Stühlinger City Hall

Freiburg im Breisgau, Baden-Würtemberg, Germany

© HGEsch, Hennef

Stühlinger’s City Hall in Freiburg im Breisgau was completed in November 2017 as the world’s first public building with a net-positive energy balance. It has a gross floor area of 24,000 square meters and provides space for more than 800 municipal employees. What makes the new building special is that its solar system can produce more energy than the building needs itself. This means that this public administration building covers its own energy needs and also feeds surplus energy into the city’s power grid. All electricity and energy for heating and cooling are produced from renewable energies such as photovoltaics, solar thermal energy and geothermal energy.

Facts and Data

© Drees & Sommer

  • In line with the strict criteria of the Passive House Standard, the primary energy requirement of City Hall for heating, cooling, ventilation and hot water production is around 45 kilowatt hours per square meter per year – equivalent to only around 40 percent of the primary energy requirement of conventional office buildings of comparable size. The thermal energy required for the building for heating and cooling is generated via suction and sip wells with a heat pump and solar thermal energy. Electrical energy is generated via photovoltaics on the roof and facade. The systems cover about 75% of the flat roofs.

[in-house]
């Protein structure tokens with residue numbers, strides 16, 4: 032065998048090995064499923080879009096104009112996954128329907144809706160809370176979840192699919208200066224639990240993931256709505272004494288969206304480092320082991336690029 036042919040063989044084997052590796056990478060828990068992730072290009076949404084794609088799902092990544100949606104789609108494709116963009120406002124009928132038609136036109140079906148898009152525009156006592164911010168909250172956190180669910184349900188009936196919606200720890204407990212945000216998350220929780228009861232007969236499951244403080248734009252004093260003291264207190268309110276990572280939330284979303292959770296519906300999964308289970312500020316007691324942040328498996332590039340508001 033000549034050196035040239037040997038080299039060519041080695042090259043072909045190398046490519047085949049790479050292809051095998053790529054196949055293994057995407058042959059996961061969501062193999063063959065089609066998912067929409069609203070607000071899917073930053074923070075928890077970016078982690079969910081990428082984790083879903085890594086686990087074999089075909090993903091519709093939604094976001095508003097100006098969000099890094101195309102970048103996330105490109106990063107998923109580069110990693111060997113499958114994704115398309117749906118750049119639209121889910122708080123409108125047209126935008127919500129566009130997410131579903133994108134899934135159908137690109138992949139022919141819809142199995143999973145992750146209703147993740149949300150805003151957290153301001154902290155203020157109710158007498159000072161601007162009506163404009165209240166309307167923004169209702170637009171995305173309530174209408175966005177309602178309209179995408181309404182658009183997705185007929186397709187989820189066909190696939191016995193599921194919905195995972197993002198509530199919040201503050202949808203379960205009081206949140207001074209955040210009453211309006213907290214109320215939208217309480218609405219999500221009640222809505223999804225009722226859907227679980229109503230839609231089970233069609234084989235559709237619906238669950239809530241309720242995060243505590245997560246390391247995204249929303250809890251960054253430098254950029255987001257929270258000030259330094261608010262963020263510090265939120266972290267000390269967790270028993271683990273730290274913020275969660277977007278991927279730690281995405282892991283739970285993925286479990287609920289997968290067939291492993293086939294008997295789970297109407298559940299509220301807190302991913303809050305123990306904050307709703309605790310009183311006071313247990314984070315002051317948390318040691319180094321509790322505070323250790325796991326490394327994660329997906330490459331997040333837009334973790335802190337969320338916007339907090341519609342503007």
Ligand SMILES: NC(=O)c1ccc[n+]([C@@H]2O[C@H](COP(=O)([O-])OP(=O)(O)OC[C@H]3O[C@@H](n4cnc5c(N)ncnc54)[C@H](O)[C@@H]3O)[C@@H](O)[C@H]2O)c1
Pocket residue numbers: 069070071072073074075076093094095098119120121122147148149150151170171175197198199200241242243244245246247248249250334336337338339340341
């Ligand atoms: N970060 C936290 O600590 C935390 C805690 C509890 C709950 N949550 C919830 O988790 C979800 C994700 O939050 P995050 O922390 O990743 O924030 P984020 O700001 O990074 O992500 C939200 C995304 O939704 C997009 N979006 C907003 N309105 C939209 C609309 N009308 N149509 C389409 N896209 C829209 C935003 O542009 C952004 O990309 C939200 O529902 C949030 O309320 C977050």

• A total of about 800 solar panels are installed on the facade and roof. Data evaluation after commissioning and initial use has shown that the sustainable generation of energy, offset against the building’s actual consumption, does not result in any additional CO2 emissions. In fact, the building removes almost 10 tons of CO2 per year caused by other emitters. It therefore has a ‘climate-positive’ effect: it reduces its surrounding carbon CO2 footprint as much as 50 trees do.

Completed in November 2017

More information

German Overshoot Day is far too early. Together we can #MoveTheDate. This project supports urban actors in finding solutions which create the future they desire.

The project is lead by the Collaborating Centre on Sustainable Consumption and Production (CSCP) of Wuppertal and Global Footprint Network and financed by Stiftung Mercator.

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